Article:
Other North Carolina Morels That Share Yellow Morel Habitats and Might Look Yellow Under Some Circumstances

Morchella punctipes

morchella punctipes
The semi-free or half-free morel, Morchella punctipes. Note the tan pits and dark ridges. Photo by Mr. GreenBean. Licensed under Creative Commons Attribution 3.0 Unported.

Also known as the semi-free morel, Morchella punctipes is a morel in the eastern United States that is abundant in some years, and rare or entirely unavailable in other years. This mushroom is not a true yellow morel (in the esculenta clade) and it is classified as a member of the elata (or black morel) clade, although its appearance places it somewhere in between a black and a yellow morel at times. The main distinguishing features of Morchella punctipes are as follows: a hollow stem, often with some spotty flesh on the outside, and a small, usually conical cap that is attached to the stem in a limited way. Basically, about half of the cap of Morchella punctipes is attached to the stem, and the lower half hangs free like a skirt. The pits of Morchella punctipes are pale to yellow, and the ridges can be pale, tan, or dark with age. These morels can grow gregariously or alone in association with a wide array of hardwoods. Although I have never personally found Morchella punctipes in North Carolina, other experienced mushroom hunters I have spoken with have found them in abundance in mixed hardwood forests with a great deal of moisture available to support mushroom growth.

Morchella importuna

morchella importuna
One of the disturbance/landscaping morels, Morchella importuna. This grayish specimen is less common than darker forms. Photo by BlueCanoe. Licensed under Creative Commons Attribution-ShareAlike 3.0 Unported.

Morchella importuna is considered a black morel in the elata clade, but its appearance sometimes is more akin to a gray form of a yellow morel, which is why I elected to include it. Although rare (and not genetically confirmed) in the eastern United States, Morchella importuna is worth looking for because they grow practically anywhere there is landscaping material, especially wood chips! These morels are often quite dark but occasionally are blonde or yellowish in color. Unlike most morel mushrooms, Morchella importuna appears to be saprobic, meaning that it does not need a plant partner in order to thrive. Instead, this morel fancies disturbed habitats with plenty of organic material to decompose and consume! Again, this morel is thought to be uncommon in the east, although it is quite abundant in the western United States.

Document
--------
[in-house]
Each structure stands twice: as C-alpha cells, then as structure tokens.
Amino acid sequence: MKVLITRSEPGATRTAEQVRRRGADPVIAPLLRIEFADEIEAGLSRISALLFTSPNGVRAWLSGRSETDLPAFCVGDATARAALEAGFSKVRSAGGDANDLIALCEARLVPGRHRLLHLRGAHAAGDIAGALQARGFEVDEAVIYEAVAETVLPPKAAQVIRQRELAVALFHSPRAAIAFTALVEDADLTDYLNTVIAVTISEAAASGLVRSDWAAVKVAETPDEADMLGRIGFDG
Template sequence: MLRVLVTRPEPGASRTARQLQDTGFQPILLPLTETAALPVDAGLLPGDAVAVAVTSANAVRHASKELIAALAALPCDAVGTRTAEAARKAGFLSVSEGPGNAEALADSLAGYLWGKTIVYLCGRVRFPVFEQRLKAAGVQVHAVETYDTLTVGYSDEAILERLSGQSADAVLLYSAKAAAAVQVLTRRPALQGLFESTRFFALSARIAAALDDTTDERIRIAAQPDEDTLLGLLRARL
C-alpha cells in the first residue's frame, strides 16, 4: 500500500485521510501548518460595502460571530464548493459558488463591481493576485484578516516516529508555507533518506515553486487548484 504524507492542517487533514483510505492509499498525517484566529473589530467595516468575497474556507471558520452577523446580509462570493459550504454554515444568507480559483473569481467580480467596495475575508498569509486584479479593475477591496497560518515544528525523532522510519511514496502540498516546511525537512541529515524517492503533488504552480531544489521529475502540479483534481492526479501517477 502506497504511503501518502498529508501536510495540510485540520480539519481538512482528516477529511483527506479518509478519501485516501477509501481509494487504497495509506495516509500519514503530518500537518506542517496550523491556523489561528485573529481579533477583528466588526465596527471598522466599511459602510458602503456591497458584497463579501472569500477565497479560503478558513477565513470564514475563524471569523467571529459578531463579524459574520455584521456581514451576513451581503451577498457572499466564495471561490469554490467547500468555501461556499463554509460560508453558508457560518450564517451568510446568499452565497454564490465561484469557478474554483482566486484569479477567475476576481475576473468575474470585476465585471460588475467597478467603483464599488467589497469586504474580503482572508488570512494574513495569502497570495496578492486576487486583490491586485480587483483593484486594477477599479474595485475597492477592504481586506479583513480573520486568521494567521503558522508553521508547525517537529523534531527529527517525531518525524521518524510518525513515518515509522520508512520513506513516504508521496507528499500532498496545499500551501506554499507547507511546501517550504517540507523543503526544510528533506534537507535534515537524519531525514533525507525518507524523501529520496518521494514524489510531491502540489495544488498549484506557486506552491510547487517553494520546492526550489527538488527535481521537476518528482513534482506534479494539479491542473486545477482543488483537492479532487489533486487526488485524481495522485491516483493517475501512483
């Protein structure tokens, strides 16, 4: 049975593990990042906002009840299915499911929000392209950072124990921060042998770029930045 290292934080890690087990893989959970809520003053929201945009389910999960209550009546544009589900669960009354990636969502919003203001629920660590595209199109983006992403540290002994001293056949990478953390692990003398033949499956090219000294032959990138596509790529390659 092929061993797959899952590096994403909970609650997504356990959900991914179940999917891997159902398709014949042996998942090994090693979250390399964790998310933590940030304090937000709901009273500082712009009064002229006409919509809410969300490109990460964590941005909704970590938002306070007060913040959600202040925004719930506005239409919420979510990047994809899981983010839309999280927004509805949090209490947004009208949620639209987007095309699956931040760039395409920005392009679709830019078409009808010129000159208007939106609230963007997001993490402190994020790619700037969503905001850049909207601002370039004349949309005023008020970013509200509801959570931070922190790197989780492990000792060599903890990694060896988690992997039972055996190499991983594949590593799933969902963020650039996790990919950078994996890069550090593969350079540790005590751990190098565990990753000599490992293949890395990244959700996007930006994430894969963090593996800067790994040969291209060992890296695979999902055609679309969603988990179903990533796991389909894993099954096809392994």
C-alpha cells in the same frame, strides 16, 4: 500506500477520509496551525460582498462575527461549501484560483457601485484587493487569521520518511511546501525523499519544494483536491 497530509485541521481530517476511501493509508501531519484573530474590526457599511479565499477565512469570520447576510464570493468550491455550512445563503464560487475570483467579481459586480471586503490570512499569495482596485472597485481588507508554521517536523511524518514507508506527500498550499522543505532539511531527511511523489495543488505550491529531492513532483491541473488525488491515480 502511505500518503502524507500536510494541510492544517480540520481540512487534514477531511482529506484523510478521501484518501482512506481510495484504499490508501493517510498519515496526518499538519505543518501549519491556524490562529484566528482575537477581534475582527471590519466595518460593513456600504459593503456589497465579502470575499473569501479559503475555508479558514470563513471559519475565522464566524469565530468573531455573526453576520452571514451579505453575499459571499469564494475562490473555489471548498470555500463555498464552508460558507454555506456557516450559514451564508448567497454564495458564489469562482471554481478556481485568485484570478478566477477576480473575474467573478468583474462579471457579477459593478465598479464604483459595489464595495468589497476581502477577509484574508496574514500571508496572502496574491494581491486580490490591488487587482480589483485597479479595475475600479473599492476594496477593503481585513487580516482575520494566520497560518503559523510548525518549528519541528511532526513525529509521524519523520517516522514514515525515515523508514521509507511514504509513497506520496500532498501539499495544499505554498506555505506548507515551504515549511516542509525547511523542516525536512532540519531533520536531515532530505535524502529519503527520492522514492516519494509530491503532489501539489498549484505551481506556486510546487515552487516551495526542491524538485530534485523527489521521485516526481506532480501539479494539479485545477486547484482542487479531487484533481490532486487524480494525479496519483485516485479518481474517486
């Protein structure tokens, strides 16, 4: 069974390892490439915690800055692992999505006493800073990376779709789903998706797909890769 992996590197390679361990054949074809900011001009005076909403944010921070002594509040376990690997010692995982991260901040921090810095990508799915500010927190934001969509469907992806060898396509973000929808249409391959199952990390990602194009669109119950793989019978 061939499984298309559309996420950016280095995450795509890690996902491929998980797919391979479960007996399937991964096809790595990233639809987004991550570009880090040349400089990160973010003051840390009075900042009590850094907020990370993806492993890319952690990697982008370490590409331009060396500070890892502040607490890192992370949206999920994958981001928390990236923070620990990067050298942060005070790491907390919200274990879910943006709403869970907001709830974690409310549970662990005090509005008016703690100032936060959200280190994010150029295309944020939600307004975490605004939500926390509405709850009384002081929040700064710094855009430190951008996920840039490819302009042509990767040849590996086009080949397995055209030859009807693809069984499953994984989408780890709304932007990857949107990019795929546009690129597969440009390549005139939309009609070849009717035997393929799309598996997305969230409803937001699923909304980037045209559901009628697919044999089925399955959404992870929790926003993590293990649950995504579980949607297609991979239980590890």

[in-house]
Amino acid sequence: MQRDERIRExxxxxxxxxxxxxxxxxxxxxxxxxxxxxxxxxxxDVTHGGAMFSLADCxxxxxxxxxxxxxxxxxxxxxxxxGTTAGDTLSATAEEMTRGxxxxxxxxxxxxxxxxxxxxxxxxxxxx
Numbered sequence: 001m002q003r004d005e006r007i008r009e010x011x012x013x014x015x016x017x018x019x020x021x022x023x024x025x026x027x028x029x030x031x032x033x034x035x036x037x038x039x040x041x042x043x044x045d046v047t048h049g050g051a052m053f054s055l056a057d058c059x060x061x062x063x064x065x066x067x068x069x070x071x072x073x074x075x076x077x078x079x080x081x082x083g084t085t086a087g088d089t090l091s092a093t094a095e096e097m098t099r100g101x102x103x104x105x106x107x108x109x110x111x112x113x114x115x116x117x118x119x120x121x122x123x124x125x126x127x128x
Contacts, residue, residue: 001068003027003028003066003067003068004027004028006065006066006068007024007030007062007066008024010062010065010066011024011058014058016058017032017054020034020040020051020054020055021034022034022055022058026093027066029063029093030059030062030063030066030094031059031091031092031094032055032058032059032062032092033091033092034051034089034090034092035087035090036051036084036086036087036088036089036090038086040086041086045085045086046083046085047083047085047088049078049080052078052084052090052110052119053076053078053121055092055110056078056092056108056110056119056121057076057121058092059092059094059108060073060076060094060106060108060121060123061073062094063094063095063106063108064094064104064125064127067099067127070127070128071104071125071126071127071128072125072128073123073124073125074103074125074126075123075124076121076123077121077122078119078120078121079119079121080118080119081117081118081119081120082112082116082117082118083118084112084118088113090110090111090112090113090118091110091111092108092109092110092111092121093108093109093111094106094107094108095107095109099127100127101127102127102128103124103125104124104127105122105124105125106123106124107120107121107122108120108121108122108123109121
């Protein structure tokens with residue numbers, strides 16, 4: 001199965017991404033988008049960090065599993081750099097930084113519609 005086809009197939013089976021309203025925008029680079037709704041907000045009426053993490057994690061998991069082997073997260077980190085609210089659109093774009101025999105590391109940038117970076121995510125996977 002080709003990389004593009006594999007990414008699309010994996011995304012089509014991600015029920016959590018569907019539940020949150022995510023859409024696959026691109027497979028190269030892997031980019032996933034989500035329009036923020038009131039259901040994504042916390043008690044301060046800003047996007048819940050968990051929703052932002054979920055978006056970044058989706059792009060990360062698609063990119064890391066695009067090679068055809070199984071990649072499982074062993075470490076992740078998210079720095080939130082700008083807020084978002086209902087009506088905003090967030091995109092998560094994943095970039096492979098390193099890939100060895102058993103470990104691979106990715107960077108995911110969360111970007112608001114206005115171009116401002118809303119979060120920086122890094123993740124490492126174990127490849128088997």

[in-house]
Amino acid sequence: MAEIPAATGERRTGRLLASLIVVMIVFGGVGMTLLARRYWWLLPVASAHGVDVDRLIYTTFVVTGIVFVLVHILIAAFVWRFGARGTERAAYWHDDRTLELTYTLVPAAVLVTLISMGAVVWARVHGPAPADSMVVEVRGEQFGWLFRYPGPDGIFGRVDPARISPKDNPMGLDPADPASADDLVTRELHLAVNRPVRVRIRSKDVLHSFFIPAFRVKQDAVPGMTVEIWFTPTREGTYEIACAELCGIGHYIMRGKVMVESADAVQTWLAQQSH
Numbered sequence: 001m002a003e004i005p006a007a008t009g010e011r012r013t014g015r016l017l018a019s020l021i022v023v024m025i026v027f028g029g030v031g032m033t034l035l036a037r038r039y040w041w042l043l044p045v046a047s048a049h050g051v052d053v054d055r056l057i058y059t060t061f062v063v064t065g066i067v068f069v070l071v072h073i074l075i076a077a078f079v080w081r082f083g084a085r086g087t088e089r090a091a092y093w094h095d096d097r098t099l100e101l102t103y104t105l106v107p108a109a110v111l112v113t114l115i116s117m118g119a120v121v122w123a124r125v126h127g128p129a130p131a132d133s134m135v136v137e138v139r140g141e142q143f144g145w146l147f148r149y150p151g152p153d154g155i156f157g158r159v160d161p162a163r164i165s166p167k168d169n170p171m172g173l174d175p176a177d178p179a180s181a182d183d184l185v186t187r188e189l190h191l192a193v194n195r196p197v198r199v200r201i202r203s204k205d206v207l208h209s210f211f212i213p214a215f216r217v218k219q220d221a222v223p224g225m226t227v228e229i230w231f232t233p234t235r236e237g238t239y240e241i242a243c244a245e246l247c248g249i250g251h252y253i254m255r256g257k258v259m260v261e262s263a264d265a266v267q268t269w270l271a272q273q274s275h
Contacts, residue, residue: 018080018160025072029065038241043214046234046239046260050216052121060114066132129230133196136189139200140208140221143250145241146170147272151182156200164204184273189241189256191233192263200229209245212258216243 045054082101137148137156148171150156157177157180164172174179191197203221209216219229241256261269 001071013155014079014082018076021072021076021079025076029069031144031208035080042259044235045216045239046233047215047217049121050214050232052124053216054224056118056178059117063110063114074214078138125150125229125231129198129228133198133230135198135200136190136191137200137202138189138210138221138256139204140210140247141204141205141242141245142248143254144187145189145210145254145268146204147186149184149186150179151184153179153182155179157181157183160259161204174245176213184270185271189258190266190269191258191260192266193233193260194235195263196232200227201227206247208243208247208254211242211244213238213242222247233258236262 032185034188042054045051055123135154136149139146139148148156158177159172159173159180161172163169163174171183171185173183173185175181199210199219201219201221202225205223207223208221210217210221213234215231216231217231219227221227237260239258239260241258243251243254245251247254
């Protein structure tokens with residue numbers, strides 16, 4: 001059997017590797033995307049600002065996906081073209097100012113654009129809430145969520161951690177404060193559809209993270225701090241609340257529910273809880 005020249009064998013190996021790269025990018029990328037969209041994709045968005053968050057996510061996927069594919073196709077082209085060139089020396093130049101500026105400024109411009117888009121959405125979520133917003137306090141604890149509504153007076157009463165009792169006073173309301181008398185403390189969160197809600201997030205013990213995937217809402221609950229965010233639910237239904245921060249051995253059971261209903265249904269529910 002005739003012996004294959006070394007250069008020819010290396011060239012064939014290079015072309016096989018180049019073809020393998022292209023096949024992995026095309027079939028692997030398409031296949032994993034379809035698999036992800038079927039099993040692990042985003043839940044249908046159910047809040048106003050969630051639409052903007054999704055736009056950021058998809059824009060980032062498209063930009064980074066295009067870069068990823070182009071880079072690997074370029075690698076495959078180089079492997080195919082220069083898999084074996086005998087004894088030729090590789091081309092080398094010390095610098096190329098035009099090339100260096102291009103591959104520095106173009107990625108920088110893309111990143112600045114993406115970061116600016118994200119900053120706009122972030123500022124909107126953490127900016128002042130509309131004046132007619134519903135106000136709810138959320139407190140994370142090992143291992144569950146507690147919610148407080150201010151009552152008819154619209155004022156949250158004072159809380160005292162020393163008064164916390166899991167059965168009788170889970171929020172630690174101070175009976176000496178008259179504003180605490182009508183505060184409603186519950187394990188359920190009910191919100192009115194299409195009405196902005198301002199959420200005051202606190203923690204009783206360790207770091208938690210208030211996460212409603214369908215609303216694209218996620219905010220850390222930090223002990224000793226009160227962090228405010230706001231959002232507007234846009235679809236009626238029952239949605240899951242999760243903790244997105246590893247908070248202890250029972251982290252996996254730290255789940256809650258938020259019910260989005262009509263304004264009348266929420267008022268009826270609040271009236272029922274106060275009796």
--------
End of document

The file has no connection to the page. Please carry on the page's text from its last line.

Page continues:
Morchella importuna was my first morel; I found a lovely patch of them growing in a pile of woodchips underneath the compressor of a window A/C unit in Portland, Oregon back in the spring of 2009. I guess the steady stream of drips from the A/C, combined with plenty of tasty black walnut chips to munch on, convinced the morels to grow, and they appeared as a cluster of several individuals that were packed so closely together they looked like a bouquet of fungus-flowers!

Morchella Rufobrunnea, A Yellow Morel That Stains Reddish-Orange

Morchella rufobrunnea
Morchella rufobrunnea, a yellow morel that stains reddish-orange and is strictly a decomposing mushroom. Photo by Alan Rockefeller. Licensed under Creative Commons Attribution-ShareAlike 3.0 Unported.

Morel mushroom cultivation is a somewhat mad-making idea, and there are plenty of people who ask me whether or not they can grow morels in their backyards and gardens. The answer is maybe, but to a limited extent, and all but one of the morels I have described (Morchella importuna) in this article are not suitable candidates for cultivation. However, there is hope, and the weird and atypical species called Morchella rufobrunnea is one morel mushroom that is commercially cultivated.
Although Morchella rufobrunnea is not found in North Carolina, this species has other interesting traits, including an ecology that supports efforts at cultivation. One reason that morels are so darn expensive is that they have to be gathered from the wild, which greatly inflates their price. However, commercial cultivation of Morchella rufobrunnea is not only possible, a process for doing so has been patented!
Morchella rufobrunnea is unusual because most morel species are thought to be both saprobic (decomposing mushrooms that rely on dead organic material for food) and mycorrhizal (mutualists who live in partnership with a tree or plant that support the mushroom mycelium), but Morchella rufobrunnea is exclusively saprobic and thus does not require a plant or tree partner in order to survive. As a consequence, Morchella rufobrunnea can be grown in culture and brought to fruit, like oyster mushrooms, shiitake mushrooms, king trumpet mushrooms, and other fungi decompose and consume dead plant matter.